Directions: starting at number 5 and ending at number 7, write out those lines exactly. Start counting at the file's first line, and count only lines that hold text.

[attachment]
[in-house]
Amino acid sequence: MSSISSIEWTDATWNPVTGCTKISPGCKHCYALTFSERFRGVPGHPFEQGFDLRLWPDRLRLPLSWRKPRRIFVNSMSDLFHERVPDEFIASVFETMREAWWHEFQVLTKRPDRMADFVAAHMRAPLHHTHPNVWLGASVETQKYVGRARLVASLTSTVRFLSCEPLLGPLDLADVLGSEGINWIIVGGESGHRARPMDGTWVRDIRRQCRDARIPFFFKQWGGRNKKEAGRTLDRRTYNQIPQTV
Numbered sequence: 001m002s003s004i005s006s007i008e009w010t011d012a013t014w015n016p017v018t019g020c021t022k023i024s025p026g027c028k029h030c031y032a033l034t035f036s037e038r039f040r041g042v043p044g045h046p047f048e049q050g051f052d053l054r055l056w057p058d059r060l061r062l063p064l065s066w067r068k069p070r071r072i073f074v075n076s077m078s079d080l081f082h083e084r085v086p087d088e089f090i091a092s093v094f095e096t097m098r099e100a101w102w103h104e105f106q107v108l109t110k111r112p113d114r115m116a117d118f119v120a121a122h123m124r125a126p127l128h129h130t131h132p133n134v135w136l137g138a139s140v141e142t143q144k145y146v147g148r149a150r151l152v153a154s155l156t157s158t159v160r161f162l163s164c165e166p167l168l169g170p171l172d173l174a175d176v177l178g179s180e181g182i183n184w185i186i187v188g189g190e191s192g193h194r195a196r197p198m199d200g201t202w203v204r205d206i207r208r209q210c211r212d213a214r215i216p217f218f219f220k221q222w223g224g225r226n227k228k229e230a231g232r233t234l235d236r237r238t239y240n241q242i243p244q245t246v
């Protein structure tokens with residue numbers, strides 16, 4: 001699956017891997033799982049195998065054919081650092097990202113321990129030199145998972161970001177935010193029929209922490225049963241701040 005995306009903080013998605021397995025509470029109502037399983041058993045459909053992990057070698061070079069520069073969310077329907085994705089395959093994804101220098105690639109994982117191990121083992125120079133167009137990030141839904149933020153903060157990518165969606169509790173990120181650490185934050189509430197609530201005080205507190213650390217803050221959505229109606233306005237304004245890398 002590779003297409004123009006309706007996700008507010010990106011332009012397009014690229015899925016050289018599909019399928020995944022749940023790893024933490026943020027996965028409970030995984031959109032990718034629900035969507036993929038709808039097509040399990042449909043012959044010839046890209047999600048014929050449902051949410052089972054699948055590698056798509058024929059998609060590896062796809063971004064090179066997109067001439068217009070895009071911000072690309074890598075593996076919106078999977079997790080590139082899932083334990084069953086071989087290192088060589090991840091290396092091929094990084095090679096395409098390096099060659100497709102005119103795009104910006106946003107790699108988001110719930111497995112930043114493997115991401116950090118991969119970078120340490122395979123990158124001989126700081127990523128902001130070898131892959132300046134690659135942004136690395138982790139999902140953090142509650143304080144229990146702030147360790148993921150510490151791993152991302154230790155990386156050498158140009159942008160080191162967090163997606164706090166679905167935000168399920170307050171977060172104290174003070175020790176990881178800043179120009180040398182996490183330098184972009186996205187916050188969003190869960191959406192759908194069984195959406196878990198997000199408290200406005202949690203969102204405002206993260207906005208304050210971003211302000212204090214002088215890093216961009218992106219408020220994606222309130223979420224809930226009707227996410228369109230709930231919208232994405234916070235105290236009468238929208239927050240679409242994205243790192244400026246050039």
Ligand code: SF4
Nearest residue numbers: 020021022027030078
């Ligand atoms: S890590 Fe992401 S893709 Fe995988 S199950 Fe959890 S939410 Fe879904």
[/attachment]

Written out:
Ligand code: SF4
Nearest residue numbers: 020021022027030078
């Ligand atoms: S890590 Fe992401 S893709 Fe995988 S199950 Fe959890 S939410 Fe879904």